Alain Mabanckou

Age, Biography and Wiki

Alain Mabanckou was born on 24 February, 1966 in Pointe-Noire, Republic of the Congo, is a Congolese writer. Discover Alain Mabanckou’s Biography, Age, Height, Physical Stats, Dating/Affairs, Family and career updates. Learn How rich is He in this year and how He spends money? Also learn how He earned most of networth at the age of 54 years old?

Popular AsN/A
OccupationN/A
Age54 years old
Zodiac SignPisces
Born24 February 1966
Birthday24 February
BirthplacePointe-Noire, Republic of the Congo
NationalityRepublic of the Congo

We recommend you to check the complete list of Famous People born on 24 February.
He is a member of famous Writer with the age 54 years old group.

Alain Mabanckou Height, Weight & Measurements

At 54 years old, Alain Mabanckou height not available right now. We will update Alain Mabanckou’s Height, weight, Body Measurements, Eye Color, Hair Color, Shoe & Dress size soon as possible.

Physical Status
HeightNot Available
WeightNot Available
Body MeasurementsNot Available
Eye ColorNot Available
Hair ColorNot Available

Dating & Relationship status

He is currently single. He is not dating anyone. We don’t have much information about He’s past relationship and any previous engaged. According to our Database, He has no children.

Family
ParentsNot Available
WifeNot Available
SiblingNot Available
ChildrenNot Available

Alain Mabanckou Net Worth

He net worth has been growing significantly in 2018-19. So, how much is Alain Mabanckou worth at the age of 54 years old? Alain Mabanckou’s income source is mostly from being a successful Writer. He is from Republic of the Congo. We have estimated Alain Mabanckou’s net worth, money, salary, income, and assets.

Net Worth in 2020$1 Million – $5 Million
Salary in 2019Under Review
Net Worth in 2019Pending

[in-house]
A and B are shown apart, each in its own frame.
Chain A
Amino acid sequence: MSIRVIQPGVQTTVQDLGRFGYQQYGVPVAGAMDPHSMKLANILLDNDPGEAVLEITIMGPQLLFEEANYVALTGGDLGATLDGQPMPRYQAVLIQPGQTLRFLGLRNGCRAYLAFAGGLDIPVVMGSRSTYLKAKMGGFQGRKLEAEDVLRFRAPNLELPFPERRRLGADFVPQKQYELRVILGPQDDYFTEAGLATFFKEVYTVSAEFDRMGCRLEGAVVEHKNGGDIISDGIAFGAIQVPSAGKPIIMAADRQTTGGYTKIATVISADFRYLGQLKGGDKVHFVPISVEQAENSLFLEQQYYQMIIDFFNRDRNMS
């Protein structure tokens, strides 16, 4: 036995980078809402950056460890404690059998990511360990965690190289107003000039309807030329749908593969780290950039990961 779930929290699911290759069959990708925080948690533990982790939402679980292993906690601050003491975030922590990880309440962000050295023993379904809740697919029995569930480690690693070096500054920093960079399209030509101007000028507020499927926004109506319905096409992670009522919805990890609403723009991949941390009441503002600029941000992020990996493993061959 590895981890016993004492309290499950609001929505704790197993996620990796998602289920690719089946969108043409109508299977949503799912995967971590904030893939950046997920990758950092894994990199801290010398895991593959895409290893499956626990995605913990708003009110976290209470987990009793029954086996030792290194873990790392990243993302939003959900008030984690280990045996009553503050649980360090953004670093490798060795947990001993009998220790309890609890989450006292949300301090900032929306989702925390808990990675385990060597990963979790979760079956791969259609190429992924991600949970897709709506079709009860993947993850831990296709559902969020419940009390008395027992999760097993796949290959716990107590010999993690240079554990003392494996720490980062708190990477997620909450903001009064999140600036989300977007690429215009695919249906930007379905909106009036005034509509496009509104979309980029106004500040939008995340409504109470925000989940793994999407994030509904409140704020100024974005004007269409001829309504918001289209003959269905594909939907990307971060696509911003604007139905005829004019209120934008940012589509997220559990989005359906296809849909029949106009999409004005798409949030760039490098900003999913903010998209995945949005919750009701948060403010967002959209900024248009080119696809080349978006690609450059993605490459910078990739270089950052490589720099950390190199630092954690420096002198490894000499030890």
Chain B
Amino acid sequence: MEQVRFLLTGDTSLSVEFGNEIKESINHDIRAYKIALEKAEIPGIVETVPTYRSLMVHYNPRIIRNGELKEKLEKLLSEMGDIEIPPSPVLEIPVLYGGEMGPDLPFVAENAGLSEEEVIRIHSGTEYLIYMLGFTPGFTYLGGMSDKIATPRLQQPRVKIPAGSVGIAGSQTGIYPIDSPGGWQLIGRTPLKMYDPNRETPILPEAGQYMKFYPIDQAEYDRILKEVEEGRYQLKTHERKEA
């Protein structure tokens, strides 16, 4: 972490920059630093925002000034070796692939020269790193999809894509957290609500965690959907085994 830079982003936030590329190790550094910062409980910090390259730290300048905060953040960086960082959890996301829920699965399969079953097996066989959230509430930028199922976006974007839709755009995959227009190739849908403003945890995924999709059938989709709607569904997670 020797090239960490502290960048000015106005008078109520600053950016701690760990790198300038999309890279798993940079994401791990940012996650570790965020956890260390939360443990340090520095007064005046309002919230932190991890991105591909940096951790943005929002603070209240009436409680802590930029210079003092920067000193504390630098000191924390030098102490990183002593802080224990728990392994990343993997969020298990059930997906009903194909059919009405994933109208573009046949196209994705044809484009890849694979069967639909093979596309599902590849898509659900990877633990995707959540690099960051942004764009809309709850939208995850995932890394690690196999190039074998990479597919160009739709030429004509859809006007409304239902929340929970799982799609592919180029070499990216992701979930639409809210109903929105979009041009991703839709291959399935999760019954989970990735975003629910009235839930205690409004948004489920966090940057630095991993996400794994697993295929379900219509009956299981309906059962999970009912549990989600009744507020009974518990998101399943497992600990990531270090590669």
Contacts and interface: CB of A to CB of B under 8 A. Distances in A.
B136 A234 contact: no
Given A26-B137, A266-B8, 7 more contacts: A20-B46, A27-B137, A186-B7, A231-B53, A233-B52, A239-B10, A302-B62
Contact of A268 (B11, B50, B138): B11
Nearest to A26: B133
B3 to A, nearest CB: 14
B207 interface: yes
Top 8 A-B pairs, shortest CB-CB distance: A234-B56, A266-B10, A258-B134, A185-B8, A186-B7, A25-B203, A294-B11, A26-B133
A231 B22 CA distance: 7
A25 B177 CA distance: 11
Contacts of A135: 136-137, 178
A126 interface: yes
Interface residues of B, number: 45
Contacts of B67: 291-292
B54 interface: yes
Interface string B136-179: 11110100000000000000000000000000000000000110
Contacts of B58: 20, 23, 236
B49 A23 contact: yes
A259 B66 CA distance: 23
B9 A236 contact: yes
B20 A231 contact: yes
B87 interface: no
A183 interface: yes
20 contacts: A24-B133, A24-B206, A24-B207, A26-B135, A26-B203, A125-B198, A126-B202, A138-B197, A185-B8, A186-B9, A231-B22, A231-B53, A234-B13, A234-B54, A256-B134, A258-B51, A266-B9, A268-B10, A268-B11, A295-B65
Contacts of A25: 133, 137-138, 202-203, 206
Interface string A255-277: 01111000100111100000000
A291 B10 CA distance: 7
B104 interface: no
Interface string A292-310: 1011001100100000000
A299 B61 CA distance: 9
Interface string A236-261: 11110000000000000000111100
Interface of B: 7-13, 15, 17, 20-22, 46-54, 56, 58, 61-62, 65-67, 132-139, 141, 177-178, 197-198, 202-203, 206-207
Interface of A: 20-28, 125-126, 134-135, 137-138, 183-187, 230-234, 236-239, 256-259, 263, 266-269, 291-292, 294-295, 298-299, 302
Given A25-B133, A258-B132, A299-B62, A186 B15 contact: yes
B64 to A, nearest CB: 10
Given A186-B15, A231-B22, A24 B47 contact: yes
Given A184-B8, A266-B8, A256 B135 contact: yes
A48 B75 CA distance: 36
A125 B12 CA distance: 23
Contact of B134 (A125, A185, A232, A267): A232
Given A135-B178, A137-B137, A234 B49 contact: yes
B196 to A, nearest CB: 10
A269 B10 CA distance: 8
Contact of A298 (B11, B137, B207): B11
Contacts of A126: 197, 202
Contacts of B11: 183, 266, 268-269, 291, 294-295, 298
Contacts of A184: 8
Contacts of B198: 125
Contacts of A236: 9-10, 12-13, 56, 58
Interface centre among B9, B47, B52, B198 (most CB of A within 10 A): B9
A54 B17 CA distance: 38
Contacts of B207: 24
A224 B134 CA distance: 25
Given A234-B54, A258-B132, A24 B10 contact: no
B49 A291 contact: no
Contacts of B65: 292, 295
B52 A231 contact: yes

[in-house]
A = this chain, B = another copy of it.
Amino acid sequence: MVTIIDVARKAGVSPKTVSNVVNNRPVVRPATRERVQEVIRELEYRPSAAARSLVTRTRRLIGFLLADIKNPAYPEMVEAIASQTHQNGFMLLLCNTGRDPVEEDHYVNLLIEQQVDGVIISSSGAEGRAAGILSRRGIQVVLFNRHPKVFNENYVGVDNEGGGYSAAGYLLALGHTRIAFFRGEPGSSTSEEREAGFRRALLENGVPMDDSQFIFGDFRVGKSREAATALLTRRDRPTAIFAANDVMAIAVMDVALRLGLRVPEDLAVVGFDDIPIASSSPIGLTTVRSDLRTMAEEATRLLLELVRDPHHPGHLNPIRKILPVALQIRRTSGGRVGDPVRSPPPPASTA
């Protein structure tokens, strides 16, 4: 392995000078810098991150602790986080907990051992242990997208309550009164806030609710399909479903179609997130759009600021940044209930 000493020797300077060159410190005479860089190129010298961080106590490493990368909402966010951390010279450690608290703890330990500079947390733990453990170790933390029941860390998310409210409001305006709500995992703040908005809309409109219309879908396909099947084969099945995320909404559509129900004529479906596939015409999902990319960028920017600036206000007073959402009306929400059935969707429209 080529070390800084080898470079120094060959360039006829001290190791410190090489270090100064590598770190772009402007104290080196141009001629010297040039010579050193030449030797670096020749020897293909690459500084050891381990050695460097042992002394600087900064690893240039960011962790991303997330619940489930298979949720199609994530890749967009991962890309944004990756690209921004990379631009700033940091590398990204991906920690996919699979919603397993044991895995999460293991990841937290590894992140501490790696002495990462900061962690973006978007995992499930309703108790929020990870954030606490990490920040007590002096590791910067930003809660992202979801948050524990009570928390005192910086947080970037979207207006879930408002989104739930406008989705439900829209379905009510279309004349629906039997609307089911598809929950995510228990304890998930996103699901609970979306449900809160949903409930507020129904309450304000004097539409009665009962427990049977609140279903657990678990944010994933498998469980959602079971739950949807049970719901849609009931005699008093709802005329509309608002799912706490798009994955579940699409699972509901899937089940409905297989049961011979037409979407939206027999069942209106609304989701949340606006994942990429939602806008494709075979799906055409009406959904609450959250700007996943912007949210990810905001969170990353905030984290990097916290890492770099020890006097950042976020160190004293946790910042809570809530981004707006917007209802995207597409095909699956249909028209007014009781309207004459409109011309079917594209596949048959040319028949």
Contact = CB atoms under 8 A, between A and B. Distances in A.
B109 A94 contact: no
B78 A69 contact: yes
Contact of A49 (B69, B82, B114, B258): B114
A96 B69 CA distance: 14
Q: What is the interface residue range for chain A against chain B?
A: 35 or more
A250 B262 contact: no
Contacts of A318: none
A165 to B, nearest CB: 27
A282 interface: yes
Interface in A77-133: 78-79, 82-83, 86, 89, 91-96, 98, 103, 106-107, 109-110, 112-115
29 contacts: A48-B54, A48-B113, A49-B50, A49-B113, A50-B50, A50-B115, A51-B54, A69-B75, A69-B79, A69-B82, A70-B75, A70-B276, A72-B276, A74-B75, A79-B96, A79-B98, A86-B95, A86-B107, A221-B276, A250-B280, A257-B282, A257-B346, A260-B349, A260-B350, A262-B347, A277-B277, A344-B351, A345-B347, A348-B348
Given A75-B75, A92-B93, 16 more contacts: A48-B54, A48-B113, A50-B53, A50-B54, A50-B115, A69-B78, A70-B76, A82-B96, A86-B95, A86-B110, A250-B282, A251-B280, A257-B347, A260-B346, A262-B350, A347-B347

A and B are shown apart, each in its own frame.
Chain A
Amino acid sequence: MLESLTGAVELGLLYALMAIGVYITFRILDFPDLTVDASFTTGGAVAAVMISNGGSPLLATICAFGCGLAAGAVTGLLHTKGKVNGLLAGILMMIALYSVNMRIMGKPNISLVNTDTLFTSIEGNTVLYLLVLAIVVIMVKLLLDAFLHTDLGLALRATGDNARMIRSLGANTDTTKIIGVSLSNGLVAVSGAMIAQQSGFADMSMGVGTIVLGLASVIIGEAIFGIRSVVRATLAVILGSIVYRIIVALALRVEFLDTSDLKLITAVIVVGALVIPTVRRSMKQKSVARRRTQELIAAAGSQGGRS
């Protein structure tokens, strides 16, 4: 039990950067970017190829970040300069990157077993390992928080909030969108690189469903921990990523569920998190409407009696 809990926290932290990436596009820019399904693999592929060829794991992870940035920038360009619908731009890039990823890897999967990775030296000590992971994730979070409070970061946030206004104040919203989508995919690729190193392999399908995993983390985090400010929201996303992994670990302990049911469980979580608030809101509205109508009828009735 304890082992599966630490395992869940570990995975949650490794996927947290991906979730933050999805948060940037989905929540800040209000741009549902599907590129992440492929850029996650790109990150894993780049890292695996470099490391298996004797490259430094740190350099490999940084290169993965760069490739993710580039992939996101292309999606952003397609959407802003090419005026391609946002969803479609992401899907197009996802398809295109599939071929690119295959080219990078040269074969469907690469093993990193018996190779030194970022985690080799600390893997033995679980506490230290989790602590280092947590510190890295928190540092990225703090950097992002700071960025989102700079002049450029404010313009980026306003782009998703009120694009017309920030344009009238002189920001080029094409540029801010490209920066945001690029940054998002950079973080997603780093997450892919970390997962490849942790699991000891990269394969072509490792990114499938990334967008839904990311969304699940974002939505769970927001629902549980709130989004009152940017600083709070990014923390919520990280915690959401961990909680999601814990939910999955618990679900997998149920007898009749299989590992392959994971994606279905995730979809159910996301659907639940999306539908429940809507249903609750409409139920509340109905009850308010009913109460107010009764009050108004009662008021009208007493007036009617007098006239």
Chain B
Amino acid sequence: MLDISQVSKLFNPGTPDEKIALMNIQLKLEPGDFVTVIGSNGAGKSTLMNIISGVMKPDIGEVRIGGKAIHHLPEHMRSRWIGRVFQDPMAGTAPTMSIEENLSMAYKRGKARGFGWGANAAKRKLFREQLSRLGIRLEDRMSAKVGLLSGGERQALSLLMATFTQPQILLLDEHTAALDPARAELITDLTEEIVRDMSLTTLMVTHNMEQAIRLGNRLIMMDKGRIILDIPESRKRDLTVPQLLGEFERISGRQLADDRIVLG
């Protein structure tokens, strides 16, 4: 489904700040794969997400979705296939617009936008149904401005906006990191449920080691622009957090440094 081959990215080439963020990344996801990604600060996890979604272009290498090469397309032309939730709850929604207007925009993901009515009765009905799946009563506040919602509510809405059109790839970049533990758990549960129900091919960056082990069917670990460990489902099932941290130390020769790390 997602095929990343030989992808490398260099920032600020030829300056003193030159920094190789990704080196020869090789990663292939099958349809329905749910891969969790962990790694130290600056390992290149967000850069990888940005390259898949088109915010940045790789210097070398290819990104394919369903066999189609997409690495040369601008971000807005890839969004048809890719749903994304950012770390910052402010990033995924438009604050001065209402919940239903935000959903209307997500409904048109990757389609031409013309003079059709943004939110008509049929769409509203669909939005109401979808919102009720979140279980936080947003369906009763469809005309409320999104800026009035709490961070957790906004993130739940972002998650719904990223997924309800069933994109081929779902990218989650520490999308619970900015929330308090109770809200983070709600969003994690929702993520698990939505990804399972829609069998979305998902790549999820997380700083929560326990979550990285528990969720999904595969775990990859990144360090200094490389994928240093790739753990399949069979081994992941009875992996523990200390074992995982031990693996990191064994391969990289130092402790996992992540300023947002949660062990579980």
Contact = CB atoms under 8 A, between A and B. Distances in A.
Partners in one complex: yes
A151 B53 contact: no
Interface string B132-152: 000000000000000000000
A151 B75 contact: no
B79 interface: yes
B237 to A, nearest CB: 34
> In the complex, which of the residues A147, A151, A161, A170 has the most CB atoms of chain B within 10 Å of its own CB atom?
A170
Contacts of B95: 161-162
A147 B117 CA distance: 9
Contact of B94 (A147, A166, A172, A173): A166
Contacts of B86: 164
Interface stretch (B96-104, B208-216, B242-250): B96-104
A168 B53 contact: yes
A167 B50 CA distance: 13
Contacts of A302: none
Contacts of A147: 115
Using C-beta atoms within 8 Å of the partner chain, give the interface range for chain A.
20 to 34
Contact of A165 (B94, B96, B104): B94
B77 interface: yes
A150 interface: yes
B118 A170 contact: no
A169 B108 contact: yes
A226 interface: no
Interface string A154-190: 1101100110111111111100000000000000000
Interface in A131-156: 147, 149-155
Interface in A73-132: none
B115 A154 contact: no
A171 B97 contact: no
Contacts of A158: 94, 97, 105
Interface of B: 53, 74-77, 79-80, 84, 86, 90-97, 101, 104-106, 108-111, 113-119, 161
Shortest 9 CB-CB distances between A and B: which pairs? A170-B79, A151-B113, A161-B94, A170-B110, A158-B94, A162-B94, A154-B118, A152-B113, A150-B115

Salary in 2019Under Review
HouseNot Available
CarsNot Available
Source of IncomeWriter

Alain Mabanckou Social Network

InstagramAlain Mabanckou Instagram
Linkedin
TwitterAlain Mabanckou Twitter
FacebookAlain Mabanckou Facebook
WikipediaAlain Mabanckou Wikipedia
Imdb

Timeline of Alain Mabanckou

2020

(English translation “The Death of Comrade President: A Novel”, London Serpent’s Tail, 2020 ; USA, The New Press, New York, 2020)

2017

(English translation “Black Moses”, London: Serpent’s Tail, 2017; USA, The New Press, New York, 2017)

2015

(English translation “The Lights of Pointe-Noire”, London Serpent’s Tail, 2015 ; USA, The New Press, New York, 2016)

2014

(English translation : Letter to Jimmy, USA: Soft Skull, 2014)

2013

(English translation, Blue White Red, Indiana University Press, 2013)

(English translation., “Tomorrow I’ll be Twenty”, London: Serpent’sTail, 2013)

2012

(English translation Black Bazaar, London: Serpent’s Tail, 2012)

2011

(English translation, Memoirs of a Porcupine, London: Serpent’s Tail, 2011)

2009

Mabanckou is best known for his fiction, notably Verre Cassé (Broken Glass), a comic novel centered on a Congolese former teacher and life in the bar he now frequents. Verre cassé has also been the subject of several theatrical adaptations. It was published in English translation as Broken Glass in 2009.